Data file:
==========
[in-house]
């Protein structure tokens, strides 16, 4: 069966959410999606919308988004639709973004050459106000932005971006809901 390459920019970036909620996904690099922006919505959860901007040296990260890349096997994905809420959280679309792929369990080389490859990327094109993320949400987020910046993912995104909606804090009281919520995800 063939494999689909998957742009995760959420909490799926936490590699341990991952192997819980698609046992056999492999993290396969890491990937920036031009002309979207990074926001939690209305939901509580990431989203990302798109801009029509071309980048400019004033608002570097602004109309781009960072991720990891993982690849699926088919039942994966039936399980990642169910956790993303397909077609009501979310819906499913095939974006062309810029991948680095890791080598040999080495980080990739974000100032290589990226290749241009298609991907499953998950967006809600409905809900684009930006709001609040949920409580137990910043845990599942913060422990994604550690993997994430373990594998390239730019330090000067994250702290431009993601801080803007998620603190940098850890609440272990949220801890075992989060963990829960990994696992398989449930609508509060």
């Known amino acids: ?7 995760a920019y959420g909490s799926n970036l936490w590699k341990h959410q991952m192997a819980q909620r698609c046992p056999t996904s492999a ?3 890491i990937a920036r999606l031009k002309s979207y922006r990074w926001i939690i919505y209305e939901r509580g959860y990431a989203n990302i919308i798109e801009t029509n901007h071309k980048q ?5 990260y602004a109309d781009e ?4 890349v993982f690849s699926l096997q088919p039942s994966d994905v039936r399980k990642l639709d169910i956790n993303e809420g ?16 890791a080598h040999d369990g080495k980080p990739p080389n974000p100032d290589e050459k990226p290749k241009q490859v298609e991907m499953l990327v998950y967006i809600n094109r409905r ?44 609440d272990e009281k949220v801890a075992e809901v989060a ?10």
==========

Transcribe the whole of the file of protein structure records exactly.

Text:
[in-house]
């Protein structure tokens, strides 16, 4: 069966959410999606919308988004639709973004050459106000932005971006809901 390459920019970036909620996904690099922006919505959860901007040296990260890349096997994905809420959280679309792929369990080389490859990327094109993320949400987020910046993912995104909606804090009281919520995800 063939494999689909998957742009995760959420909490799926936490590699341990991952192997819980698609046992056999492999993290396969890491990937920036031009002309979207990074926001939690209305939901509580990431989203990302798109801009029509071309980048400019004033608002570097602004109309781009960072991720990891993982690849699926088919039942994966039936399980990642169910956790993303397909077609009501979310819906499913095939974006062309810029991948680095890791080598040999080495980080990739974000100032290589990226290749241009298609991907499953998950967006809600409905809900684009930006709001609040949920409580137990910043845990599942913060422990994604550690993997994430373990594998390239730019330090000067994250702290431009993601801080803007998620603190940098850890609440272990949220801890075992989060963990829960990994696992398989449930609508509060």
């Known amino acids: ?7 995760a920019y959420g909490s799926n970036l936490w590699k341990h959410q991952m192997a819980q909620r698609c046992p056999t996904s492999a ?3 890491i990937a920036r999606l031009k002309s979207y922006r990074w926001i939690i919505y209305e939901r509580g959860y990431a989203n990302i919308i798109e801009t029509n901007h071309k980048q ?5 990260y602004a109309d781009e ?4 890349v993982f690849s699926l096997q088919p039942s994966d994905v039936r399980k990642l639709d169910i956790n993303e809420g ?16 890791a080598h040999d369990g080495k980080p990739p080389n974000p100032d290589e050459k990226p290749k241009q490859v298609e991907m499953l990327v998950y967006i809600n094109r409905r ?44 609440d272990e009281k949220v801890a075992e809901v989060a ?10």